Home > Blog

Egg Head's Star Not to be Extradited

CJ de Mooi will not be extradited

The UK courts have ruled that CJ de Mooi, the ‘egg-head’ star, will not be extradited. De Mooi and his top London based extradition lawyer had opposed his extradition and pushed for bail since his arrest in September 2016. CJ de Mooi, whose real name is Joseph Connagh, a panellist on Egg Heads, the BBC quiz show, was wanted by Dutch police for questioning over an alleged murder which supposedly occurred almost thirty years ago.

The UK courts have held that the warrant for De Mooi’s arrest should never have been issued. De Mooi was arrested at Heathrow airport on the 21st September 2016, on a European warrant issued by Holland. De Mooi appeared at Westminster Magistrates court the following day. After a fierce fight was put up from his top extradition lawyer, the judge held the warrant should not have been issued and de Mooi was not to be extradited. The judge held that because the UK had never issued an arrest warrant there should have been no equivalent issued by Europe. The judge ordered that De Mooi should have returned to him the £5000 that was put up as security to ensure he did not flee whilst the trial took place.

De Mooi’s top extradition lawyer has stated that the warrant issued for arrest did not even contain the name of the victim who de Mooi allegedly murdered. The investigation began in September of 2015 after the publishing of de Mooi’s autobiography.

De Mooi was on bail until his trial which had been scheduled for November the 28th 2016. The trial was to be a full extradition hearing, where it would be decided if he was to be extradited to Holland, in order to be questioned by the Dutch police about the alleged murder. During this period De Mooi was banned from travelling outside of the United Kingdom, he was not allowed to sleep overnight at a residence other than his own home which is based in Caldicot, Wales. He also had to have his phone with him and charged at all times to ensure he could be contacted by the police or the courts if necessary.

According to the prosecutor in the case, the police in the UK are still interested in talking to De Mooi about the alleged incident in 1988. De Mooi’s top London based extradition lawyer has stated, De Mooi is and has been open to speaking to the police in the UK, he highlighted that De Mooi had cooperated with the police earlier in the year, not long after his book had been published. The arrest in September shocked De Mooi and his husband, when they were stopped by security at Heathrow airport the two were quite confused as they had been talking to police about the events and were not aware of an impending arrest. De Mooi and his husband had been away on a business trip in South Africa just prior to the arrest.

De Mooi, now forty-six, became a panelist on egg heads in 2003. The show which involves five quiz champions battling as a team to defeat five other challengers. De Mooi won a series of shows in 2003 which led to him being offered a position of a panelist. Earlier this year De Mooi was dropped as a panellist on the BBC show. The stated that they wanted have a fresh look and feel and it was the right time for a new line up. De Mooi then took to Twitter to state he was going to pursue a career in acting and would be moving to South Africa to do so. De Mooi had not moved at the time he was arrested and according to comment a move had not been finalised.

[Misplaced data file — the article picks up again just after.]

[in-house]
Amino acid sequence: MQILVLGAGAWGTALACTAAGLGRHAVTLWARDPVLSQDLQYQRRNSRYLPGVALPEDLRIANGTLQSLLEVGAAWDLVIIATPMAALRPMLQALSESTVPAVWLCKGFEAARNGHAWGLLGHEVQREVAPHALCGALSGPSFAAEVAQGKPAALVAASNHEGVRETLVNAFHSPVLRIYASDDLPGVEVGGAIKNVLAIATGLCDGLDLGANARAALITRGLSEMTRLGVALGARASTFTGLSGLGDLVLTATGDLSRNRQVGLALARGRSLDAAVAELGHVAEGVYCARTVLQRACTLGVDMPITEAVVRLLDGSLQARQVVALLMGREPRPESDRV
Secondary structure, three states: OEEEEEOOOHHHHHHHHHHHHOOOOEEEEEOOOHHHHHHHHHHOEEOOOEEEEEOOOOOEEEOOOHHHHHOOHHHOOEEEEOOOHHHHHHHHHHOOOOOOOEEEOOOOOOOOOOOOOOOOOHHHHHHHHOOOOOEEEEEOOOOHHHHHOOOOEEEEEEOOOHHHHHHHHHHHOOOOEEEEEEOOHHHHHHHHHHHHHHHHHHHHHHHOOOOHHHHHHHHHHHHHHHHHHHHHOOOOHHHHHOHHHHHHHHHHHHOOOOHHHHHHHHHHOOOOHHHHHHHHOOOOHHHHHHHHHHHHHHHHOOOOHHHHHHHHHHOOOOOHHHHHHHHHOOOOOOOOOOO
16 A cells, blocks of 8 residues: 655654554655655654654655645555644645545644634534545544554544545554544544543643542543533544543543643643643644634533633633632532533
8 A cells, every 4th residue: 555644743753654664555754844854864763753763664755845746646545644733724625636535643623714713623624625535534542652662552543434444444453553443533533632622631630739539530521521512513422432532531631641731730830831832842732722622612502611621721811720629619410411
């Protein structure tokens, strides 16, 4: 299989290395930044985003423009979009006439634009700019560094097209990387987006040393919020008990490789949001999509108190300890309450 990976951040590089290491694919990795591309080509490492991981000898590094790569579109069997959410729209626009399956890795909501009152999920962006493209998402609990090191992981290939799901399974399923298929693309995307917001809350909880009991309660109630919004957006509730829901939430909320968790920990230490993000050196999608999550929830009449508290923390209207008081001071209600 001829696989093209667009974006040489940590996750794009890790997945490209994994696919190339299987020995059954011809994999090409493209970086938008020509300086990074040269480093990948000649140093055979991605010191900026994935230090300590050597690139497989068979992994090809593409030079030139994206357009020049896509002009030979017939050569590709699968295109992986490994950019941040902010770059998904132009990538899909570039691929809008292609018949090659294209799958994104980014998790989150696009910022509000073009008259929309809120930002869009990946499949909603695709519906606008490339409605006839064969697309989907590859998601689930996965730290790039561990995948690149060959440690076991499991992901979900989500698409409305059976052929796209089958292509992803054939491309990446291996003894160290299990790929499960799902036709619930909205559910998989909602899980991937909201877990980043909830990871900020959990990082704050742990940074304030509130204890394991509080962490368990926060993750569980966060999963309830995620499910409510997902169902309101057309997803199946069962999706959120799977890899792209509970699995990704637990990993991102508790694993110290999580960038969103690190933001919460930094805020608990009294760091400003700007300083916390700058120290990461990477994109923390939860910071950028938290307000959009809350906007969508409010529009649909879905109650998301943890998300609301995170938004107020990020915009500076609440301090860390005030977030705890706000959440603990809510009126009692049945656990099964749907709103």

The issue of De Mooi’s arrest came in 2015 after the release of “The Autobiography of CJ de Mooi”. The autobiography detailed De Mooi’s life in details. He described how he had been a penniless teenager living rough. He then grew older, lived in London and earnt money as a prostitute. He moved to Amsterdam a little later in his life whilst still earning money through prostitution. De Mooi went on to write about although his real name is Joseph Connagh he created a name for himself. The name came from the Dutch word for “handsome” which he adopted whilst modelling. He also wrote about an encounter in Holland, one that as he notes relates to murder, manslaughter and assault. The encounter which occurred in 1988 is the issue that the Dutch police are interested in talking to De Mooi about and what has been in our news for the past year.

In the autobiography it is claimed that the “drug addict”, who De Mooi had met on a late night in Amsterdam, attempted to mug him. De Mooi reacted by punching him, disarming him and throwing him into a canal. The action itself would be a crime of common assault but the real issue was that De Mooi highlight in his autobiography that he suspects he had killed the man that evening.

De Mooi’s top extradition lawyer insists that he has been helping the police with this issue to try to help them understand what occurred on that night. He also noted that there was no victim information on the arrest warrant nor has there been any information released in general about the victim of the incident.

Although the judge has stated De Mooi will not be extradited this was due to there being no equivalent UK arrest warrant. The prosecutor has stated that the police in the UK are still interested in further discussing the alleged murder with De Mooi so it seems that the matter is not yet put to rest. Both De Mooi and his top London based extradition lawyer are pleased with their current success in court to stop the extradition but know their fight may not yet be over.